The bread-and-butter pudding was nice. It's very important that the bread is a little crispy and has some firmness. This was not firm, but it was a pleasing taste. The warm chocolate brownie was very good. This was crisp and then went runny in the middle. Then Vanessa's mum arrived, so I thought I'd give our photo an 18th-century flavour by including her dog. Its name is Chino. The Alford Arms is highly pleasant. Not historical, amazing-quality food as you get from Sonya Kidney at the Churchill Arms in Paxford, Gloucestershire, but good Middle England fodder, nevertheless.
I wish I'd never mentioned Cliveden. Not because they don't want me back, I never want to go. But because everyone comes over with horror stories of their time at Cliveden, which they assume I'm fascinated to hear. There was the property-tycoon chap from Mayfair who had a sizable, miserable lunch party and got dried-up slices of beef. "They knocked £500 off my bill when I complained," he told me. "I think it was due to your article." I was driving through St James's in my open 1970 Mercedes sports when a posh man yelled: "I agree with you about Cliveden." Half the street turned to listen. And coming out of my regular, local haunt, Chez Moi, I bumped into my brilliant friends Harold Pinter and Lady Antonia Fraser. "You were absolutely right about Cliveden," said Harold. I sent him a note by hand with a stamped, addressed envelope asking if he'd write a letter to this page. Harold reasonably replied that he was too busy for such things. "More power to your elbow," he concluded. Pity. Pinter on Cliveden would have been a real treat. Might even have inspired a new play: The Caretakers Homecoming to the Birthday Party at Cliveden. I'll have two centre stalls, row H, please. And a packet of Maltesers.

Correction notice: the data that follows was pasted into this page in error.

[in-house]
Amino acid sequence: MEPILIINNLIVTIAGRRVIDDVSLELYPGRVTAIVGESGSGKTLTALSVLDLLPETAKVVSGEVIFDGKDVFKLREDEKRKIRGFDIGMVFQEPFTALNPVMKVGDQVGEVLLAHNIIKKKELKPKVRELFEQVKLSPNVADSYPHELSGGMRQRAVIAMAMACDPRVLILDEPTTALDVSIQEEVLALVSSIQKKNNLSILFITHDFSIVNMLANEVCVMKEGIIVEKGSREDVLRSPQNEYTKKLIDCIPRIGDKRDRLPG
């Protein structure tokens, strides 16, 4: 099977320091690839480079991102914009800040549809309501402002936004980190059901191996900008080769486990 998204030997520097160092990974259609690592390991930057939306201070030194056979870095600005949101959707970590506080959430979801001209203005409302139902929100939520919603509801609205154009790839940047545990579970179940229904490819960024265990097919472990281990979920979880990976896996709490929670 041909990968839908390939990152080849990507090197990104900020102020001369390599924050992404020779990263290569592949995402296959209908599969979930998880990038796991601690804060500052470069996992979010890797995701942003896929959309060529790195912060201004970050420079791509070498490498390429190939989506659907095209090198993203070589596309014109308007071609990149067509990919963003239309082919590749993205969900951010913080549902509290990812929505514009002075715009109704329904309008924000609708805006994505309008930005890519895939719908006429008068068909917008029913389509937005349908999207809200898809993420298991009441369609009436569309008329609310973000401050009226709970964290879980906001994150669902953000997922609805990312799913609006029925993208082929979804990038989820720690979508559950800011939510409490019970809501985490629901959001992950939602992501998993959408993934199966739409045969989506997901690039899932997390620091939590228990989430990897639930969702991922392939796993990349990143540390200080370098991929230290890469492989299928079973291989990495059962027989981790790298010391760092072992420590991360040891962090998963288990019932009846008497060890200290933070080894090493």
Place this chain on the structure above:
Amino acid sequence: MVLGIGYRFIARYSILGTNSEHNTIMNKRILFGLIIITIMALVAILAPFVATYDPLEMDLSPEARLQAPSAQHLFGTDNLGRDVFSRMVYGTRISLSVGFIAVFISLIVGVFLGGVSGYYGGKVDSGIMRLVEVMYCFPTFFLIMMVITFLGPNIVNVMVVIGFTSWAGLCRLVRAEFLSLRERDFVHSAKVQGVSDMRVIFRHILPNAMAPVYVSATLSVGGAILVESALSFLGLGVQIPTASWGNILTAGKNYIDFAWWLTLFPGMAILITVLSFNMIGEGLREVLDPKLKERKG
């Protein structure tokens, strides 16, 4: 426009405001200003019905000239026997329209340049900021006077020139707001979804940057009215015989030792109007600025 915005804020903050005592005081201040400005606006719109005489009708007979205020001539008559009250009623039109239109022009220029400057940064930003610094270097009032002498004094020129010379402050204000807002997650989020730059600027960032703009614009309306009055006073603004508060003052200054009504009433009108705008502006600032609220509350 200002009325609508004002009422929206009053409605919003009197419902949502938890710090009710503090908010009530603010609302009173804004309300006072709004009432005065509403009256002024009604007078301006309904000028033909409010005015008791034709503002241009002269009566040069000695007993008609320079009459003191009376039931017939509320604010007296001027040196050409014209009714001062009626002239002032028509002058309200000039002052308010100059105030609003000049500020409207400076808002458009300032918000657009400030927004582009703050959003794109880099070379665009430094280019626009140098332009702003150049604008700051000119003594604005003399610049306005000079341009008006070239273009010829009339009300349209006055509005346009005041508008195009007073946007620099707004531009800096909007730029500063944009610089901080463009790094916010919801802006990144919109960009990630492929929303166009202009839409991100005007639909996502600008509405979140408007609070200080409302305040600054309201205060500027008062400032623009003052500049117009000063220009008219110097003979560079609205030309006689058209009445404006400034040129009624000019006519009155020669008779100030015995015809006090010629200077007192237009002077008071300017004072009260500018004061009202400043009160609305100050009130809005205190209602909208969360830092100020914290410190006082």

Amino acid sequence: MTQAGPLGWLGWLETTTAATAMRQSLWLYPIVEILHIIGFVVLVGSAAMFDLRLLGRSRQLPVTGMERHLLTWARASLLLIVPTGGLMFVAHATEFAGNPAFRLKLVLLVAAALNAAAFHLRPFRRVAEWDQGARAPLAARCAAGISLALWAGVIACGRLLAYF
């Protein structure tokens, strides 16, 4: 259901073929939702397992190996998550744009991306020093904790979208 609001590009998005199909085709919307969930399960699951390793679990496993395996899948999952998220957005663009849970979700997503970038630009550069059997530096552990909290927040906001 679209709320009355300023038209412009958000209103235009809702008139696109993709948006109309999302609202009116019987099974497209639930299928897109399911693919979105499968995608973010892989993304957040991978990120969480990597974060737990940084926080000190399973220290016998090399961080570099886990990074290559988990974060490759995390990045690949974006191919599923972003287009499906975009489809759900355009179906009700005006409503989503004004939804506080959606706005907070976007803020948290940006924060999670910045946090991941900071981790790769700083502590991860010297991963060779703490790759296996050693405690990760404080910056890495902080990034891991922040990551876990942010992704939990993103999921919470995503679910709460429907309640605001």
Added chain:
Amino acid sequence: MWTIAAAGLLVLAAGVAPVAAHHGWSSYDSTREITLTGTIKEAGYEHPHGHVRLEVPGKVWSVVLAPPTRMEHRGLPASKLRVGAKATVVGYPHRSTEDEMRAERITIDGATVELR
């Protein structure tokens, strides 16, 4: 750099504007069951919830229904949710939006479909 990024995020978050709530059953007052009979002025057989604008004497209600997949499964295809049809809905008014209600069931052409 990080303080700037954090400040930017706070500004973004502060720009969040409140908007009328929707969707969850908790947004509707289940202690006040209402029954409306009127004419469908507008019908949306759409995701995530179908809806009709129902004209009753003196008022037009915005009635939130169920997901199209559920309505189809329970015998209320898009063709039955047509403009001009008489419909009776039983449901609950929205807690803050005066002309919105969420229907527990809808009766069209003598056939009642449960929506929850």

I'm sorry that Dennis Smith (Style, July 4) was disappointed by the one- star Merchant House in Ludlow. It's one of the best one-stars I've been to. If he knows of dozens of unstarred London restaurants all better than the provincial one-stars, perhaps he could let Mr Winner have the list for a future report.
Jim Bentley, N Yorks